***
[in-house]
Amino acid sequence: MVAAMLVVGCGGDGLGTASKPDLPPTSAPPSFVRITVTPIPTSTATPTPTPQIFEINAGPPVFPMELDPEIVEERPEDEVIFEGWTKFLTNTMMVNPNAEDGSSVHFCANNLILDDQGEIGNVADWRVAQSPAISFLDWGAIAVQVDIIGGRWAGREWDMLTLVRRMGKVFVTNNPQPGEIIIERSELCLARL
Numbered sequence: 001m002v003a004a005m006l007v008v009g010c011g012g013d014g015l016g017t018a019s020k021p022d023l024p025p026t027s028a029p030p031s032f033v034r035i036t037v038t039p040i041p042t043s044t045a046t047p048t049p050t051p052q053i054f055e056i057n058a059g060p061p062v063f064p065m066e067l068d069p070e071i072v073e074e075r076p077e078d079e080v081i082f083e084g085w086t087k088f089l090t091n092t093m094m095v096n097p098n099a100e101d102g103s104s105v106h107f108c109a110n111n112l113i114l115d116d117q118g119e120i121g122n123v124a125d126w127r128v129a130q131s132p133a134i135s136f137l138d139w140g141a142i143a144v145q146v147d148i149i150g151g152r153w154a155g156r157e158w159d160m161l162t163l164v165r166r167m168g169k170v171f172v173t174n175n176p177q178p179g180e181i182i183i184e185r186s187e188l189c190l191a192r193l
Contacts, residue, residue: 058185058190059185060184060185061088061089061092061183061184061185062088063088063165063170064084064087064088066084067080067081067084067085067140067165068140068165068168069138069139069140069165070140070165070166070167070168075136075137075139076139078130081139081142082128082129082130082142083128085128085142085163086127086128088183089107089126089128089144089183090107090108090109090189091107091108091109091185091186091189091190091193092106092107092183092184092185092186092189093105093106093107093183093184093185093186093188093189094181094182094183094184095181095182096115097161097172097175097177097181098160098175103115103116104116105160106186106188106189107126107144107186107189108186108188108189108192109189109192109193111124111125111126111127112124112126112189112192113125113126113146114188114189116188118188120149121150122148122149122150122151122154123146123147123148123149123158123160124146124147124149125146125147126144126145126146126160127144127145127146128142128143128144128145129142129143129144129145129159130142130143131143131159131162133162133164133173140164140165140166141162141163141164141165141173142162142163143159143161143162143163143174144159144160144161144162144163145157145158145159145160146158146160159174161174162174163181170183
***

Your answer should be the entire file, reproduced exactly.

[in-house]
Amino acid sequence: MVAAMLVVGCGGDGLGTASKPDLPPTSAPPSFVRITVTPIPTSTATPTPTPQIFEINAGPPVFPMELDPEIVEERPEDEVIFEGWTKFLTNTMMVNPNAEDGSSVHFCANNLILDDQGEIGNVADWRVAQSPAISFLDWGAIAVQVDIIGGRWAGREWDMLTLVRRMGKVFVTNNPQPGEIIIERSELCLARL
Numbered sequence: 001m002v003a004a005m006l007v008v009g010c011g012g013d014g015l016g017t018a019s020k021p022d023l024p025p026t027s028a029p030p031s032f033v034r035i036t037v038t039p040i041p042t043s044t045a046t047p048t049p050t051p052q053i054f055e056i057n058a059g060p061p062v063f064p065m066e067l068d069p070e071i072v073e074e075r076p077e078d079e080v081i082f083e084g085w086t087k088f089l090t091n092t093m094m095v096n097p098n099a100e101d102g103s104s105v106h107f108c109a110n111n112l113i114l115d116d117q118g119e120i121g122n123v124a125d126w127r128v129a130q131s132p133a134i135s136f137l138d139w140g141a142i143a144v145q146v147d148i149i150g151g152r153w154a155g156r157e158w159d160m161l162t163l164v165r166r167m168g169k170v171f172v173t174n175n176p177q178p179g180e181i182i183i184e185r186s187e188l189c190l191a192r193l
Contacts, residue, residue: 058185058190059185060184060185061088061089061092061183061184061185062088063088063165063170064084064087064088066084067080067081067084067085067140067165068140068165068168069138069139069140069165070140070165070166070167070168075136075137075139076139078130081139081142082128082129082130082142083128085128085142085163086127086128088183089107089126089128089144089183090107090108090109090189091107091108091109091185091186091189091190091193092106092107092183092184092185092186092189093105093106093107093183093184093185093186093188093189094181094182094183094184095181095182096115097161097172097175097177097181098160098175103115103116104116105160106186106188106189107126107144107186107189108186108188108189108192109189109192109193111124111125111126111127112124112126112189112192113125113126113146114188114189116188118188120149121150122148122149122150122151122154123146123147123148123149123158123160124146124147124149125146125147126144126145126146126160127144127145127146128142128143128144128145129142129143129144129145129159130142130143131143131159131162133162133164133173140164140165140166141162141163141164141165141173142162142163143159143161143162143163143174144159144160144161144162144163145157145158145159145160146158146160159174161174162174163181170183